Tulips are grown from bulbs. A bulb is any underground plant storage system that contains the entire life-cycle of the plant. There are many kinds of bulbs including corms, rhizomes, tuberous roots, and true bulbs.
Tulip bulbs fall into the category of true bulbs. True bulbs are generally round or ovoid in shape and share some common characteristics. Other common true bulbs are daffodils, hyacinth and allums.
The tulip bulb has five main parts: a flat basal plate from which the roots grow; fleshy interior scales; a protective covering called a tunic; a central shoot which is the developing flower; and lateral buds. Cut lengthwise, a tulip bulb resembles an onion.
Bulbs with Too Many Lateral buds
Sometimes bulbs develop so many lateral buds that not enough nutrition can be stored in the main bulb. When this happens, flower production suffers.
Separating Lateral Buds
If your tulips appear smaller or less vigorous than in previous years, you can dig them up to inspect them for lateral buds. These buds can be divided from the main bulb and re-planted.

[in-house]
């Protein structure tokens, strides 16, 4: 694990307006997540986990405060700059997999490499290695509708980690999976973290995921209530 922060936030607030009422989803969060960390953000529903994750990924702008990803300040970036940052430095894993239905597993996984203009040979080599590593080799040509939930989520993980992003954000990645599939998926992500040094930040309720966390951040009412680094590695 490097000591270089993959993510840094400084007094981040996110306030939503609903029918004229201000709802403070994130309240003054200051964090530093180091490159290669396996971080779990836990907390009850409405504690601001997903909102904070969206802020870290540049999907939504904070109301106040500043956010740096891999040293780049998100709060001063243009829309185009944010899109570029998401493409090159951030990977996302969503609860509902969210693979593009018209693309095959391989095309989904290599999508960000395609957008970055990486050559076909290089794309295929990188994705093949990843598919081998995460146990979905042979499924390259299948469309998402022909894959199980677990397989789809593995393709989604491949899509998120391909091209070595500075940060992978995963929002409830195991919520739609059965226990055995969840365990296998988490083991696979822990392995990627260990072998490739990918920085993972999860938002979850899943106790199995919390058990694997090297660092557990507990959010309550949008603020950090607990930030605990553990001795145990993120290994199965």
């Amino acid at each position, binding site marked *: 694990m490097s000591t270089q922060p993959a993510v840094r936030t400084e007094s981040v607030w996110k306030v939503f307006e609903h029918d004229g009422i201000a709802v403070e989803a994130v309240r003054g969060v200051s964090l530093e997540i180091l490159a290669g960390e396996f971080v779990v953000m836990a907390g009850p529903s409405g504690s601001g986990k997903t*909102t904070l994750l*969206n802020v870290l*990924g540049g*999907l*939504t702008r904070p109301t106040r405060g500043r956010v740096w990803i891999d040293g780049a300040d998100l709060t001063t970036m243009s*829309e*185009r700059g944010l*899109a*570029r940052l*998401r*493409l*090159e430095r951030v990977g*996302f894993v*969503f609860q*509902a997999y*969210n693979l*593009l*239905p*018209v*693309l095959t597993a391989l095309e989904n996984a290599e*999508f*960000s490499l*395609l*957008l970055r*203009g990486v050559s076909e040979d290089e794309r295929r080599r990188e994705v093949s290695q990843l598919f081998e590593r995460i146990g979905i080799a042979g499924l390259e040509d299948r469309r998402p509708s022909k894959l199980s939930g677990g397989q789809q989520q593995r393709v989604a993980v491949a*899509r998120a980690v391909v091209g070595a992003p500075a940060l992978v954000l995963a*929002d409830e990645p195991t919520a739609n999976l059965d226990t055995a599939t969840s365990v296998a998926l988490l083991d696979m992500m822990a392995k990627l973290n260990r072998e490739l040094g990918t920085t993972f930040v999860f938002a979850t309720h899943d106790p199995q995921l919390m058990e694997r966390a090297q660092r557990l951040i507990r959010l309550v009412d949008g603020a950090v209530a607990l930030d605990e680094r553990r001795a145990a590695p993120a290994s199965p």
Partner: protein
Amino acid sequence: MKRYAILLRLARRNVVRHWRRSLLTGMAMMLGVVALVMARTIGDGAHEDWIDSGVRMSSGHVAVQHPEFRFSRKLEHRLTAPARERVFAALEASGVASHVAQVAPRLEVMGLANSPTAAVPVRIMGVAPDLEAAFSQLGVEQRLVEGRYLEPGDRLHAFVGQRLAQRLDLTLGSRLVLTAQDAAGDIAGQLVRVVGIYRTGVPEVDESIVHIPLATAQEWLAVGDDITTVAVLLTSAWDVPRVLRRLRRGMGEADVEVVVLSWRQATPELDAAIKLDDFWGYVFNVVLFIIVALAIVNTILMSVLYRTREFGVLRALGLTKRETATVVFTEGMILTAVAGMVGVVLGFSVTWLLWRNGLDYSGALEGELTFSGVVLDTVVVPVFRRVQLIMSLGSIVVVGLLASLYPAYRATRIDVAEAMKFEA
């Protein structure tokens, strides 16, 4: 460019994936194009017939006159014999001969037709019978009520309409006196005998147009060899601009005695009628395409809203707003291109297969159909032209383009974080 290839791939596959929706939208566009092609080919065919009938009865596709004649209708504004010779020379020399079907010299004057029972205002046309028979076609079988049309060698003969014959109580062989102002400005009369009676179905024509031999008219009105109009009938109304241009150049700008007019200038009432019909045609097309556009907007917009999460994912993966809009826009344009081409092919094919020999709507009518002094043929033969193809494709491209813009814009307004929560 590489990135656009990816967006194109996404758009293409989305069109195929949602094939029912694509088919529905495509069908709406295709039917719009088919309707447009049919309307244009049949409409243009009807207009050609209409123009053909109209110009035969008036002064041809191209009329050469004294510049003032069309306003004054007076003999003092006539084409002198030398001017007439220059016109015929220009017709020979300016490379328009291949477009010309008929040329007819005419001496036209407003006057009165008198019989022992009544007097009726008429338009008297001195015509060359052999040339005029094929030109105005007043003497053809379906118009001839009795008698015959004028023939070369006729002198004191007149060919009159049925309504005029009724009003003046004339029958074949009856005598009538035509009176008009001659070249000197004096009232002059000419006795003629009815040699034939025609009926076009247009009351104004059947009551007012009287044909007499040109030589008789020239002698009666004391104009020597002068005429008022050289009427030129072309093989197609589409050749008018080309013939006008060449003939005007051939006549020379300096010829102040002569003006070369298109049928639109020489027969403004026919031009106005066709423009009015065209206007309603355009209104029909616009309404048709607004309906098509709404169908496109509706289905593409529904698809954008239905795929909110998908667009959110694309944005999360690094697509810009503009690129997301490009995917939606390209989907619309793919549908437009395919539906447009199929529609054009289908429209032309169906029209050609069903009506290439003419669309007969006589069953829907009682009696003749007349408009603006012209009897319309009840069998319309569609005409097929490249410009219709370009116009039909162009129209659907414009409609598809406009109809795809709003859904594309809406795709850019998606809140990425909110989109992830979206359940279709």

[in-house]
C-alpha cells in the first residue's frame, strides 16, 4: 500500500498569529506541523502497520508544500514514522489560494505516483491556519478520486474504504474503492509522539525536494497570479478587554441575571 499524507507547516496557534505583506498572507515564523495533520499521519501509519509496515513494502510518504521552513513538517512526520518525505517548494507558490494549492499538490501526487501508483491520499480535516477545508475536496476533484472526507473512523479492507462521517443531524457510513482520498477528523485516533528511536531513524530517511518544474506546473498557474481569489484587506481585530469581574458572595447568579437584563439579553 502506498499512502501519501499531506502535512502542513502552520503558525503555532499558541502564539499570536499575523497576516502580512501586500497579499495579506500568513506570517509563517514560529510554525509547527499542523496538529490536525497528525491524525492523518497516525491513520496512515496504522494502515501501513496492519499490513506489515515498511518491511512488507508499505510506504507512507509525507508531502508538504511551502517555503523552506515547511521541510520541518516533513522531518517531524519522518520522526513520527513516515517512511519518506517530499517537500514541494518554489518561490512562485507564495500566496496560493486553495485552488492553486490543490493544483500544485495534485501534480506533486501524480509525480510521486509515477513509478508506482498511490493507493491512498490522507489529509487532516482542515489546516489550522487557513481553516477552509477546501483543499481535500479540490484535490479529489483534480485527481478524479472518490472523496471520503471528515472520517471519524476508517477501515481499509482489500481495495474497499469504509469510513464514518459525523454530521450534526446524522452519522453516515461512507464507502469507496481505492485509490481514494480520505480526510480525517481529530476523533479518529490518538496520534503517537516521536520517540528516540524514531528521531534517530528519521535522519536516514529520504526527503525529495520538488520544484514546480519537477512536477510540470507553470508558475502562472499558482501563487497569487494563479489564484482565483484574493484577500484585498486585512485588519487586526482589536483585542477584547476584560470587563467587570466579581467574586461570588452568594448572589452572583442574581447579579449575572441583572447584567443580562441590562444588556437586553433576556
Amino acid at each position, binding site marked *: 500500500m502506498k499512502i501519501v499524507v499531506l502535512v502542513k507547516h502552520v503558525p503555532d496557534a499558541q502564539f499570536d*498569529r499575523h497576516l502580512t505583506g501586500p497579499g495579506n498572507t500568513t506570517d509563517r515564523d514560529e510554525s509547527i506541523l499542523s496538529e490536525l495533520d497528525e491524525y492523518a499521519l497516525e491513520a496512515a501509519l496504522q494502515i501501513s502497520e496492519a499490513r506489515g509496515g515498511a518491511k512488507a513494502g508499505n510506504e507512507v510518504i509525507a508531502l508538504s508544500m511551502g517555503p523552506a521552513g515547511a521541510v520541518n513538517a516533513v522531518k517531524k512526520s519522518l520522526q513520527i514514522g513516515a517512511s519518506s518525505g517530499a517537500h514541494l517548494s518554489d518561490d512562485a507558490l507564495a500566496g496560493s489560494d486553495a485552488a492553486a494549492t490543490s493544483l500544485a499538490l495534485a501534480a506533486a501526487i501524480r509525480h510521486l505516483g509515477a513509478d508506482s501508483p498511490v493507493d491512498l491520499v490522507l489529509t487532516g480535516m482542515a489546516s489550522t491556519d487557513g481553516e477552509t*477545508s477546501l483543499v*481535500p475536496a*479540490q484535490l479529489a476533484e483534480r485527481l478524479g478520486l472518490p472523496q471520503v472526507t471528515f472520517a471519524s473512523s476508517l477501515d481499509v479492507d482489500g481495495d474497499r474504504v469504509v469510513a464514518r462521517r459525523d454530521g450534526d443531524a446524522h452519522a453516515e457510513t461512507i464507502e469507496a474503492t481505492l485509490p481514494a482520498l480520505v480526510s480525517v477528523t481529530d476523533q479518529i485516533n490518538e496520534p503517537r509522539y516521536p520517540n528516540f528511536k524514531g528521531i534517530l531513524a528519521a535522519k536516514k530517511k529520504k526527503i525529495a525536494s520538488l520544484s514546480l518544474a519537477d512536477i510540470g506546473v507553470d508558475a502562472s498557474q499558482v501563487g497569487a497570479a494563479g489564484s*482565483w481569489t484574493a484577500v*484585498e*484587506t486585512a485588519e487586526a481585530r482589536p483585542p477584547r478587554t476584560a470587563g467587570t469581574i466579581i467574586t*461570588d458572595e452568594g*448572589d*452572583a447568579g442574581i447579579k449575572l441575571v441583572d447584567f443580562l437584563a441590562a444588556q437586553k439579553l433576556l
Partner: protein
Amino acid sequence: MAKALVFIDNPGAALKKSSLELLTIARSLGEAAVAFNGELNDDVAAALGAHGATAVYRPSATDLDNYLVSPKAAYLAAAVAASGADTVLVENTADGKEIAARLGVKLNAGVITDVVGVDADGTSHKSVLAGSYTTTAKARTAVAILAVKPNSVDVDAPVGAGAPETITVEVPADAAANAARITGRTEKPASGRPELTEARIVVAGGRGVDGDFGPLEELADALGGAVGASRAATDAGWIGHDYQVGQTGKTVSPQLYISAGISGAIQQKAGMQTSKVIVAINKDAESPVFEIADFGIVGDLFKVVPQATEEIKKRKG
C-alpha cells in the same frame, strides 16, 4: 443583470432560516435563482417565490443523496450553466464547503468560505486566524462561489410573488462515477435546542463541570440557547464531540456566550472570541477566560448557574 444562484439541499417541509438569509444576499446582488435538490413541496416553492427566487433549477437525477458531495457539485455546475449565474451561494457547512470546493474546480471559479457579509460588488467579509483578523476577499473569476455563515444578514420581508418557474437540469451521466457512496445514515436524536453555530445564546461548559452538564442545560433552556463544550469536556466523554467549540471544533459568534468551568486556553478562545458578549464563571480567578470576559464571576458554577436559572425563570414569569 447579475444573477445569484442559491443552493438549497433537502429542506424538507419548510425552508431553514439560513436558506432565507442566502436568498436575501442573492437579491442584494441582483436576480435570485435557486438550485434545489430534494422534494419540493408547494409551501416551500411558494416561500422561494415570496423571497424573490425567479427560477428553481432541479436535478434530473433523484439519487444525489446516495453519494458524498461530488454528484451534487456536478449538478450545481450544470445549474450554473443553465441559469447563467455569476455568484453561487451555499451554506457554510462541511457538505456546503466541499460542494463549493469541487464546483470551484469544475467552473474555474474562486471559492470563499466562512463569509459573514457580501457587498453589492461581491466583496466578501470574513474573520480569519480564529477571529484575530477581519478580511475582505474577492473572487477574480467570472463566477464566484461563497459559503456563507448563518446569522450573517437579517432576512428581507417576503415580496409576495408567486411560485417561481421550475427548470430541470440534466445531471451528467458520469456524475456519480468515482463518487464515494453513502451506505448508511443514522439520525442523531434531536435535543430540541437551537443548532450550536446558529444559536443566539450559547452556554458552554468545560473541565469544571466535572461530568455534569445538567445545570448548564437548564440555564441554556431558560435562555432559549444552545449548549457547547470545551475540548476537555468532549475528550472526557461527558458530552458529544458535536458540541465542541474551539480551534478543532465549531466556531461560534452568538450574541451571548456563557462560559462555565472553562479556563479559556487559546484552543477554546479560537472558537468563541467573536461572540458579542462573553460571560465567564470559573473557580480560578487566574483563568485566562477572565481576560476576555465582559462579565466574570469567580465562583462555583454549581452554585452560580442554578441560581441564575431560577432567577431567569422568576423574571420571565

Growing Divided Bulbs
Lateral buds which have been divided have the same growing requirements as the original bulbs including a cold dormancy period. For that reason, dig and divide your tulips in the fall so the new plantings can take root before the ground freezes.
- University of Illinois Extension - Bulb Basics
- Botany: Plant Parts and Functions
tulip bulbs, appearance, growing, dividing tulips, planting bulbs
About this Author
Lois Lawrence is an attorney and freelance writer living and working in Stonington, Conn. She has written on many subjects including travel, food, consumerism, relationships, insurance and law. Lawrence earned a Bachelor of Arts in economics from the University of Massachusetts at Amherst in 1976, and a Juris Doctor degree from Boston University School of Law in 1979.